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Bonchon Is Closing, and That's a Shame

Categories: Food News

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So long Bonchon® brand wings
I feel like we never made it out of the honeymoon phase. Bonchon opened late last year, promising mountains of Korean fried chicken, bowls of crispy pickled radishes and mug after mug of ice-cold beer. I reviewed the restaurant early this year, watched a few football and basketball games at the bar and generally left fat, drunk and happy. There were other people there doing the same, but apparently there weren't enough of us. Bonchon is closing.

"We are rebranding the restaurant to Ashwood," Wyatt Hurt, a consultant working with the restaurant, explains. Sales were not high enough, so the investment team recently started negotiating a way out of their franchise agreement. Hurt says once they hash out all the details the location will close. He estimates it will take two to three weeks.

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Cavilli Pizza Is Now Certified by APN, the New Italian Arbiters of Pizza Greatness

Categories: Food News

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Cavalli
An APN certified pie. Can you tell the difference?
When Paolo Cavalli opened Cavilli Pizza, his first pizzeria, in Irving in 2007, he was sure to contact the Associazione Vera Pizza Napoletana (VPN), the group of Neapolitan pizza nerds who certify the world's pizza shops as being Naples-approved. His was the first Texas pizza to be VPN certified, and the distinction earned him a lot of attention.

But over time Cavalli began to wonder if the expense was worth it. He says the VPN charged nearly $2,000 for the annual certification, and the group did little to monitor the quality of the pies in subsequent years.

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Chef John Tesar Told the Dallas Morning News' Food Critic "Fuck You," and Life Is Good

Categories: Food News

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Catherine Downes
Not pictured: Tesar's knife.
This week, John Tesar's new steakhouse, Knife, was reviewed by Leslie Brenner, the longtime critic at The Dallas Morning News. Brenner awarded three stars, an assessment that translates to "very good: a destination restaurant for this type of dining," according to the paper's review and listing policy. You might think an accomplished chef would be happy with such a rating, but Tesar let the entire Twitterverse know otherwise in a tweet that has food blogs across the country talking:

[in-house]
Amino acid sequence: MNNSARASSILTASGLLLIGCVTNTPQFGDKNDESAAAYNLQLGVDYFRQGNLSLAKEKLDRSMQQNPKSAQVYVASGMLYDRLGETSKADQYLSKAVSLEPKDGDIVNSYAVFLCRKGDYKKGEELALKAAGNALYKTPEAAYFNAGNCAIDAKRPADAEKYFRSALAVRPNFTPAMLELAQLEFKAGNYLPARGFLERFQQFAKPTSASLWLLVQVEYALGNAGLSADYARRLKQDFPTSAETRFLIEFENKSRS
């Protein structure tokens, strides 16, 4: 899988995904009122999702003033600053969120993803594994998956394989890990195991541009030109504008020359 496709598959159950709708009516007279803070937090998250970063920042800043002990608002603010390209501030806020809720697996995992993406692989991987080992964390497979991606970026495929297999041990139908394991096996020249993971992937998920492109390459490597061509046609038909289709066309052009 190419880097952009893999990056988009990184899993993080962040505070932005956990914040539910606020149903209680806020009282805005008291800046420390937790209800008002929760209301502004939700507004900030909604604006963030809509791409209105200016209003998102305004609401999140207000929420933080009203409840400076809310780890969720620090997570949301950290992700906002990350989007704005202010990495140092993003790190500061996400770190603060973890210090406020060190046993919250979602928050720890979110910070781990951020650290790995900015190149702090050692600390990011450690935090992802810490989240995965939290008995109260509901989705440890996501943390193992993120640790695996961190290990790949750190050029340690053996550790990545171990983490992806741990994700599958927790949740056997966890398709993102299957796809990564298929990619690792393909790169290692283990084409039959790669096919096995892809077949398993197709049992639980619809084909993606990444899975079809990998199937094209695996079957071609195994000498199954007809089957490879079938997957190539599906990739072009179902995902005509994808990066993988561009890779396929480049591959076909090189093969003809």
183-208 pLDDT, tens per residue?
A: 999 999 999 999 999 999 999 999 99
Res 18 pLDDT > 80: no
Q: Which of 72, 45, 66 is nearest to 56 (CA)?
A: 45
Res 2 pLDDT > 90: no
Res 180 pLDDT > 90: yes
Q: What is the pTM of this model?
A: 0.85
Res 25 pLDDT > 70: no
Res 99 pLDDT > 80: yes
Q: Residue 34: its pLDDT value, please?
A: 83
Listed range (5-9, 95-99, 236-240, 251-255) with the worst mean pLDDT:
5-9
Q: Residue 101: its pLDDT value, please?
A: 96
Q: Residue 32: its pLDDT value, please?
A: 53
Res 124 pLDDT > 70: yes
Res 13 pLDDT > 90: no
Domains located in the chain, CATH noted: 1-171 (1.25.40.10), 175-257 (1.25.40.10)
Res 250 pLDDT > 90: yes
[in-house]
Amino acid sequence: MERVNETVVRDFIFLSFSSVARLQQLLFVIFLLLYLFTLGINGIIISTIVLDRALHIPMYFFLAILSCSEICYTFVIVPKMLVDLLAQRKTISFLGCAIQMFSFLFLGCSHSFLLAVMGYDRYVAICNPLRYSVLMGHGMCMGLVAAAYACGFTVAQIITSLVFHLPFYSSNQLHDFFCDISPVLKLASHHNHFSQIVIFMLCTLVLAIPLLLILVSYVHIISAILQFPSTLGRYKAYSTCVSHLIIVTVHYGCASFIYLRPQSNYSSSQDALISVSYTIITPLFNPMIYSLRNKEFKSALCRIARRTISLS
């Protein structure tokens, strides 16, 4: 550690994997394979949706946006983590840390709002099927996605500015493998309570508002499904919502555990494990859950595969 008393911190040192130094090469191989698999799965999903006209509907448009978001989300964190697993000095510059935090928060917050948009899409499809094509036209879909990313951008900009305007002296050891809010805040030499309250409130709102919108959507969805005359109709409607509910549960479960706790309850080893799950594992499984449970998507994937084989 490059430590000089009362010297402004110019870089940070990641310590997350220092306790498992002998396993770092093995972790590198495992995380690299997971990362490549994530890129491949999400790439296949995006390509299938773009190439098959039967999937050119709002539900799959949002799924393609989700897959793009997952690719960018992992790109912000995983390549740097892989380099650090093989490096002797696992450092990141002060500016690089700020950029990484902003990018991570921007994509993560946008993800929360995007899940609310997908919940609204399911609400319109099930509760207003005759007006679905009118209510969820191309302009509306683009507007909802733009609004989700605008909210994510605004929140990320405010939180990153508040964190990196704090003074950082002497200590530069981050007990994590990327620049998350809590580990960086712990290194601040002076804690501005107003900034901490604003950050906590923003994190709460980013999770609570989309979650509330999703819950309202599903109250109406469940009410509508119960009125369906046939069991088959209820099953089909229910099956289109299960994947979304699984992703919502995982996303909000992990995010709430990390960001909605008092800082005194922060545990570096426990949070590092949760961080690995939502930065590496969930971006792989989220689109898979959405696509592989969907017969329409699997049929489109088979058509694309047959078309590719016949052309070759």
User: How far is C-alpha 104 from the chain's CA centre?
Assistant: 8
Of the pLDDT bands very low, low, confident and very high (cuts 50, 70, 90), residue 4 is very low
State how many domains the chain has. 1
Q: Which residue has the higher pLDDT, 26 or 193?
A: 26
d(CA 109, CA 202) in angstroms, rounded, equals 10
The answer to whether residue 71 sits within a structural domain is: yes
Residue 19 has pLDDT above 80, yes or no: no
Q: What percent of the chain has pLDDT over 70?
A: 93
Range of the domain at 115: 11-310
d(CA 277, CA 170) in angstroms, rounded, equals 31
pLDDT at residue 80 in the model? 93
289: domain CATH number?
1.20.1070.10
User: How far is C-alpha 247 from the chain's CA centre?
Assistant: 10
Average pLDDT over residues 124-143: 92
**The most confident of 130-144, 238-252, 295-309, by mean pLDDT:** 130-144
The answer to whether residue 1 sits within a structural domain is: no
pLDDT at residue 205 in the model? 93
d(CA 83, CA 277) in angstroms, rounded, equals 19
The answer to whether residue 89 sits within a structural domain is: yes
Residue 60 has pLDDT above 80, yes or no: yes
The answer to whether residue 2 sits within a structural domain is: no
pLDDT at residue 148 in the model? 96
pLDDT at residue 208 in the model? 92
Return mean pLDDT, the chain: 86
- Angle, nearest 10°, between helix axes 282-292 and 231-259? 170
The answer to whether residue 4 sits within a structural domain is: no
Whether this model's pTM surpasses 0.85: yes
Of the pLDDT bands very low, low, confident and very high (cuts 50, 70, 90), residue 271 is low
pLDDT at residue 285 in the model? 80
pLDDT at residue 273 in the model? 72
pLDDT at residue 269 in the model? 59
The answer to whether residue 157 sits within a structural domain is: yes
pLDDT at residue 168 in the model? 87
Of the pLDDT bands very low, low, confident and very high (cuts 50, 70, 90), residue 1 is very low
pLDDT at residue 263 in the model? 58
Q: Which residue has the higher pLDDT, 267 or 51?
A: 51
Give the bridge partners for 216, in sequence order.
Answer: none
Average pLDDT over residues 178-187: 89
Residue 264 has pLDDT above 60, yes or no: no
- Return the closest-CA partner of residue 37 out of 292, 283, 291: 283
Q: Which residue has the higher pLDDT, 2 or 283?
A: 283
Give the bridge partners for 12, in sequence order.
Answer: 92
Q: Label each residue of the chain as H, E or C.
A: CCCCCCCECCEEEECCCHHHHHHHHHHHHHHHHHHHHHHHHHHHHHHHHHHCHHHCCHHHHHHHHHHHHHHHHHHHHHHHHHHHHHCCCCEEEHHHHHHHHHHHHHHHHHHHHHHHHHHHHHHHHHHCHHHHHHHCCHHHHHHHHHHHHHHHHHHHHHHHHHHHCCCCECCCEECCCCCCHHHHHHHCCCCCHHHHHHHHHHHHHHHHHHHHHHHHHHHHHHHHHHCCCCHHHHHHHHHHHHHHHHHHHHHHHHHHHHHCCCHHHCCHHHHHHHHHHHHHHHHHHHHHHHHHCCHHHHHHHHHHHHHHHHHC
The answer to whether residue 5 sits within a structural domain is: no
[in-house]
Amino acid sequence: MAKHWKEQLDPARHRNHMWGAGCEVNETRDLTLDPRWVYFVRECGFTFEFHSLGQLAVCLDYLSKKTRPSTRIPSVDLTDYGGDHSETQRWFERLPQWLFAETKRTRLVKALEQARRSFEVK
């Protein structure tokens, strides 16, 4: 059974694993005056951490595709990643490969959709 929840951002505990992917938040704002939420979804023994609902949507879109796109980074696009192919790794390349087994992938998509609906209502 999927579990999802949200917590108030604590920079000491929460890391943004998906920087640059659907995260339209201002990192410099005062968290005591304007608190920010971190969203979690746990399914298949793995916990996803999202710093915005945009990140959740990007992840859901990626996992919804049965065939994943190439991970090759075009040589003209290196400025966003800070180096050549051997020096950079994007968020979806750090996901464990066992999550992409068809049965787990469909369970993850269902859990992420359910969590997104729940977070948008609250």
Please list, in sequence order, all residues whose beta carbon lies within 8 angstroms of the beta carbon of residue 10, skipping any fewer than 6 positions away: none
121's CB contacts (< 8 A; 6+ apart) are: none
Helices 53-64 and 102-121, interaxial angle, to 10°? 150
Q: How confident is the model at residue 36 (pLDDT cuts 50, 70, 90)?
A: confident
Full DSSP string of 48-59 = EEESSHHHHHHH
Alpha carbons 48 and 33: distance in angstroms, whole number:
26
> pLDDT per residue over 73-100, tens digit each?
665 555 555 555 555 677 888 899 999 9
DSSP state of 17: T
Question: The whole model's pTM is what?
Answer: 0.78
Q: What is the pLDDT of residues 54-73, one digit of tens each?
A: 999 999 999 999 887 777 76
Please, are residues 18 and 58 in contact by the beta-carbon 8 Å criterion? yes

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Why Dallas Restaurants Do (and Don't) Participate in DFW Restaurant Week

Categories: Food News

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Each summer, the restaurant business slows to a crawl as temperatures rival convection ovens and monied customers flee for Colorado. Some restaurateurs use the downtime to close their businesses and give their employees a breather. Some trim employee hours and do their best to make a profit through the slow period. Some embrace promotions in an attempt to court a lethargic dining public.

And there's no promotion quite like restaurant week.

Restaurant Week exists across the country in various forms. Here, it offers diners a chance to explore area restaurants on the cheap, with dinner prices are set at $35 or $45, depending on the restaurant, and lunch fixed at $25. "Week" is, of course, a bit of a misnomer, as many restaurants choose to extend the event for up to three weeks. The expansion of the program points to its overall success, but it's still not a no-brainer for restauranteurs.

See also: Where to Eat During DFW Restaurant Week

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The Pizza Hut Cheesy Bites Pizza: A Thing I Recently Ate, Because I Hate Myself

Categories: Food News

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Nick Rallo
Pizza Hut's radial wheel of cheese pods attached to a pizza
The greatest trick Pizza Hut ever pulled was convincing the world it had more than one kind of good stuffed-crust pizza. The Hut has found a way to cram, bowl and thread cheese into the crust in confounding ways over the years, and the newest version is the Cheesy Bites Pizza. It's a tie-in to Michael Bay's CGI-bloated Teenage Mutant Ninja Turtles reboot.

What this one is: the strangest looking pizza you've ever seen, with a crust that's made of 28 Invasion of the Body Snatcher-like pods filled with the cheese. Each pizza slice has 3-4 tearable-crust things, and it comes with a big cup of tomato sauce for dipping.